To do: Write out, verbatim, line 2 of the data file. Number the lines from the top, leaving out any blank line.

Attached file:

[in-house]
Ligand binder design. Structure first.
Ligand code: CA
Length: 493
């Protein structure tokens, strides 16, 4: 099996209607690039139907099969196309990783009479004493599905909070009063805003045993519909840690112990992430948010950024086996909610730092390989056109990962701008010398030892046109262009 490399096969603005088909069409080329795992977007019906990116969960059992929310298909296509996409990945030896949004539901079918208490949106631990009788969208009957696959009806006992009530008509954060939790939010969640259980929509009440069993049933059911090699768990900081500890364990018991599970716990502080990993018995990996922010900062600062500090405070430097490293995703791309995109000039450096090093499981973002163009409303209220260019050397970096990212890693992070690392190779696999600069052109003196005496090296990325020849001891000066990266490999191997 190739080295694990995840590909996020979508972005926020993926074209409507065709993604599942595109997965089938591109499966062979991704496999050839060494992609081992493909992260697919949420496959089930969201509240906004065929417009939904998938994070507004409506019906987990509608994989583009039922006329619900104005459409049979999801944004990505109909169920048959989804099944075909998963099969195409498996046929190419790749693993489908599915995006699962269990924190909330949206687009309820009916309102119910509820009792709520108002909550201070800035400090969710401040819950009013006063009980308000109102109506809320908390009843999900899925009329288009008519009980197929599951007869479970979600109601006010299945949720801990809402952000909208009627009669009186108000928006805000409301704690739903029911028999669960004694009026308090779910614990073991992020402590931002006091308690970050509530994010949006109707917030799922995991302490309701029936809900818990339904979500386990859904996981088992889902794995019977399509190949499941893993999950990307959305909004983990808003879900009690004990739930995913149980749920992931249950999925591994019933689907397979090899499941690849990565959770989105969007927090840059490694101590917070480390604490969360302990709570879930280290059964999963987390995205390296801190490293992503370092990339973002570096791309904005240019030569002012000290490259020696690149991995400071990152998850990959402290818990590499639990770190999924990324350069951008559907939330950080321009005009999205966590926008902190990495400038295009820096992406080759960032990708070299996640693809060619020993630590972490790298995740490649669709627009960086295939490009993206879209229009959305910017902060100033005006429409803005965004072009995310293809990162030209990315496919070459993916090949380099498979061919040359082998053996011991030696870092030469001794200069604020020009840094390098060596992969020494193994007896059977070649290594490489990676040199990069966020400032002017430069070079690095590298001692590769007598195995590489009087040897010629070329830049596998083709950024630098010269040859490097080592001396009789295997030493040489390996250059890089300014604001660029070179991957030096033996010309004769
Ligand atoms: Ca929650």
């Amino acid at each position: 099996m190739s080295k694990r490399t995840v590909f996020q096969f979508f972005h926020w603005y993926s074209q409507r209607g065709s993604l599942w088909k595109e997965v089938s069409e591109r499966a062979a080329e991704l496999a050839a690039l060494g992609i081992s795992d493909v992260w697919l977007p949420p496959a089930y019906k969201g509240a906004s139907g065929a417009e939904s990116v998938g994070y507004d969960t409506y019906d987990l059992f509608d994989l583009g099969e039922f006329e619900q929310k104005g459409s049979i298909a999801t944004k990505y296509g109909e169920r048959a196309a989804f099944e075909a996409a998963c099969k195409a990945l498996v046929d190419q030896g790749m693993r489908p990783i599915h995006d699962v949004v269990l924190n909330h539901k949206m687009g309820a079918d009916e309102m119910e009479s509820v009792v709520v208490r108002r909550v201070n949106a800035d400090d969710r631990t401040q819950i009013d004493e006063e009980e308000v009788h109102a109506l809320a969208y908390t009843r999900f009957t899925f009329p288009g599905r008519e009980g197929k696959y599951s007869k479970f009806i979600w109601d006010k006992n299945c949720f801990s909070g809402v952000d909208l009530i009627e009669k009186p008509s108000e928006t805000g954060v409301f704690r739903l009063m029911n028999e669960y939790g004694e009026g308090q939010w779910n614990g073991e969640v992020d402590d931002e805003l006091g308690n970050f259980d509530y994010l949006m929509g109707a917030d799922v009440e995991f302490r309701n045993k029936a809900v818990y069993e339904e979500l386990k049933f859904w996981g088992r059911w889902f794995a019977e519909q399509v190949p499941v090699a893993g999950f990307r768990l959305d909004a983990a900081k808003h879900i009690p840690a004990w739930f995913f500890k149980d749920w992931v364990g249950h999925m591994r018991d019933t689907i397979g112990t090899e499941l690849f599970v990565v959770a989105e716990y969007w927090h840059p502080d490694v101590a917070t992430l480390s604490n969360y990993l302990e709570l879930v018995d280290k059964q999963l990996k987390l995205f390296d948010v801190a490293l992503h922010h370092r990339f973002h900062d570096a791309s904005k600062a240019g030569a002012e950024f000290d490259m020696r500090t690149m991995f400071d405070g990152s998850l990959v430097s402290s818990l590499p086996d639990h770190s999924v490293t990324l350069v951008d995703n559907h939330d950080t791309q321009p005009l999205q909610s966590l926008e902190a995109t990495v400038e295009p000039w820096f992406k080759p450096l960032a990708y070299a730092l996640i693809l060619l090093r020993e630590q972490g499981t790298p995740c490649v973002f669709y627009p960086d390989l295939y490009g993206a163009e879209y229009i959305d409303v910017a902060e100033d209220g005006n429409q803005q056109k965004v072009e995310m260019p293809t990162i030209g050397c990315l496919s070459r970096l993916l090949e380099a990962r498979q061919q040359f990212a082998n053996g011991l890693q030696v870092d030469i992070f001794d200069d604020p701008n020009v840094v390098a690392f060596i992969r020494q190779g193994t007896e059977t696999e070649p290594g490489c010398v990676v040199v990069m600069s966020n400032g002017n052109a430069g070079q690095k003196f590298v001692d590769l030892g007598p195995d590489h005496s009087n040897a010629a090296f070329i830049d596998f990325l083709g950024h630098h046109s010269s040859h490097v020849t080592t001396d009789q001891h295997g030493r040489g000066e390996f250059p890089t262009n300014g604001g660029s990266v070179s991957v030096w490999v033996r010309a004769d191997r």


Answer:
Ligand binder design. Structure first.